by Richard Dey (2014)
AMY CLAMPITT (1920–1994). Born and raised on a small farm in Iowa, this poet, who was best known for her highly cultured work, wrote a few extraordinary sea poems. Here are lines from the first:
cumbered by no business more urgent
than keeping open old accounts
that never balanced,
goes on shuffling its millenniums
of quartz, granite, and basalt.
toward the permutations of novelty—
driftwood and shipwreck, last night’s
beer cans, spilt oil, the coughed-up
residue of plastic—with random
impartiality, playing catch or tag
or touch-last like a terrier,
turning the same thing over and over,
over and over. For the ocean, nothing
is beneath consideration.
These lines from “Beach Glass,” an early poem in her first collection, set the reader up for the speaker’s hunt for sea glass on the beach. The poem, however, turns out to be about sand, and about how nothing, physical or intellectual, is, in the tumult of sea time, built to last.
Amy Clampitt graduated from Grinnell College in 1941, and lived from that time on mainly in New York City, where she worked as a secretary at Oxford University Press, a reference librarian at the Audubon Society, and freelance researcher and editor. She summered in Corea, Maine, traveled in England, Italy, and Greece, and wrote novels that did not get published.
In 1983 Clampitt published her first full-length collection of poems, The Kingfisher, at the age of 63. It was followed by What the Light Was Like in 1985, Archaic Figure in 1987, Westward in 1990, and A Silence Opens, her final book, in 1994. The Collected Poems appeared in 1997.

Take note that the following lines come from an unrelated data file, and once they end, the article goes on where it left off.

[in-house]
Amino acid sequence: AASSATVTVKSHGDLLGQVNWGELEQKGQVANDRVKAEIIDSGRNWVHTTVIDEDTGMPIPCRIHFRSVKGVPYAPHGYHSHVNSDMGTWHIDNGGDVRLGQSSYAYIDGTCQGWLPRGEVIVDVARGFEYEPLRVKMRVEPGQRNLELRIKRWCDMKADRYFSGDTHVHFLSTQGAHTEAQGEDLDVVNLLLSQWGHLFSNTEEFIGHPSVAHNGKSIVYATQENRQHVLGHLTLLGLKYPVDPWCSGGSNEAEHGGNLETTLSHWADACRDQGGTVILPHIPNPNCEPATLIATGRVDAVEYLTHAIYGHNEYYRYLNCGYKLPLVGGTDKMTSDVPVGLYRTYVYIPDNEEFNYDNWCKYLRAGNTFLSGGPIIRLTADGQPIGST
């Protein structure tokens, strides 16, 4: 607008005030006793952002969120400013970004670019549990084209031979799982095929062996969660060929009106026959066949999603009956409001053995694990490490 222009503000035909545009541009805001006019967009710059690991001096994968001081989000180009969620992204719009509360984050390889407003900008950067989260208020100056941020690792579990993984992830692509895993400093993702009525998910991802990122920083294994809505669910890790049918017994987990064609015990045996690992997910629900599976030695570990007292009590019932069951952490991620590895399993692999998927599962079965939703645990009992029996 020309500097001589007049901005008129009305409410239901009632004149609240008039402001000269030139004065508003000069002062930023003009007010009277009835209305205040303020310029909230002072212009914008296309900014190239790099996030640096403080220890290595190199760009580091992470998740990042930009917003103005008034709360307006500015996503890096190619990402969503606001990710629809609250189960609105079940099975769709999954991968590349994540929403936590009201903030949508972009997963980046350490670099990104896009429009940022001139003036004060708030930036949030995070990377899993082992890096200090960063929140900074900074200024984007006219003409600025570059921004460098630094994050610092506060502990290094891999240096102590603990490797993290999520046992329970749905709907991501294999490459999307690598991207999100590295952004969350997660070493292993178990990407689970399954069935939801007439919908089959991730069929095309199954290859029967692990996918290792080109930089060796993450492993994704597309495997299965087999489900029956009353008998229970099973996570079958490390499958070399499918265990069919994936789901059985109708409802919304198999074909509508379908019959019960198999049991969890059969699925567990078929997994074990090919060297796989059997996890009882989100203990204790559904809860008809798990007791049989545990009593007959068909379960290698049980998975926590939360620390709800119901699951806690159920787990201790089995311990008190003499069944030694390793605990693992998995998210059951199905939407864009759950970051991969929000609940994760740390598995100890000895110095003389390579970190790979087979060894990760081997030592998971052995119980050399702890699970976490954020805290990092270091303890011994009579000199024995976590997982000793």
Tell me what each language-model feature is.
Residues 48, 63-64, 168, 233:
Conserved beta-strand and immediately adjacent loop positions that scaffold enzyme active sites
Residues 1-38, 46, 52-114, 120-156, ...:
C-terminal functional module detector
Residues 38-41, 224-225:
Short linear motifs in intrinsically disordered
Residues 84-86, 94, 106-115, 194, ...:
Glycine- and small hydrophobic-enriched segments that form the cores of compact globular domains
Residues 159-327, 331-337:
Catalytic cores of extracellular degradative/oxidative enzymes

Clampitt was a high-wired, highly cultured poet who wrote high-charged, highly erudite, descriptive, digressive poems. They reflect her life in Manhattan, her love of literature, her travels abroad, her prairie past, her passion for birds and flowers, her companionship with an unnamed man, and her intellectual concerns, including a wavering but stubborn spirituality.
Her poetry was an intense late flowering that brought much critical attention. The recipient of a Guggenheim Fellowship in 1982, and of an Academy of American Poets fellowship in 1984, she was named a MacArthur Prize Fellow in 1992. She was a member of the American Academy of Arts and Letters and taught writing at the College of William and Mary, Amherst College, and Smith College.
Her summers over several decades in a rental cottage on the waterfront of Corea yielded her sea poems. This small working harbor thick with lobster boats and traps lies on the extreme southeast side of the Schoodic Peninsula, about six miles due east of Bar Harbor as the crow flies. ‘Tit Manan lighthouse stands prominently to the south-southeast, a mile off.
A second extraordinary sea poem, “What the Light Was Like,” served as the title poem for her second collection and is representative of her work. While the narrative core of the poem is maritime, it is enveloped by her usual obsessions—birds, butterflies, flowers, trees and allusions to high culture, rendered lyrically. Composed in twenty-nine stanzas of six-lines each, it is discursive, digressive, descriptive, syntactically dense, with a baroque vocabulary. “What the Light Was Like” is an elegy for a lobsterman who went out to work one morning and didn’t come back. A search was conducted. Days later, his boat, its fuel burned, was found some fifty miles southwest of Corea, off Matinicus Rock, a sanctuary of puffins. The victim of a stroke or heart attack, he was found lodged amongst his gear on the afterdeck.
The elegy approaches greatness on many levels, not least for the summer visitor’s questioning “what the light was like” in the lobsterman’s last glimpse of planet Earth and, perhaps, his first glimpse of what Hamlet called “the undiscovered country.”
[the light] that’s always shifting—from
a nimbus gone berserk
to a single gorget, a cathedral train of blinking, or
the fogbound shroud
that can turn anywhere into a nowhere.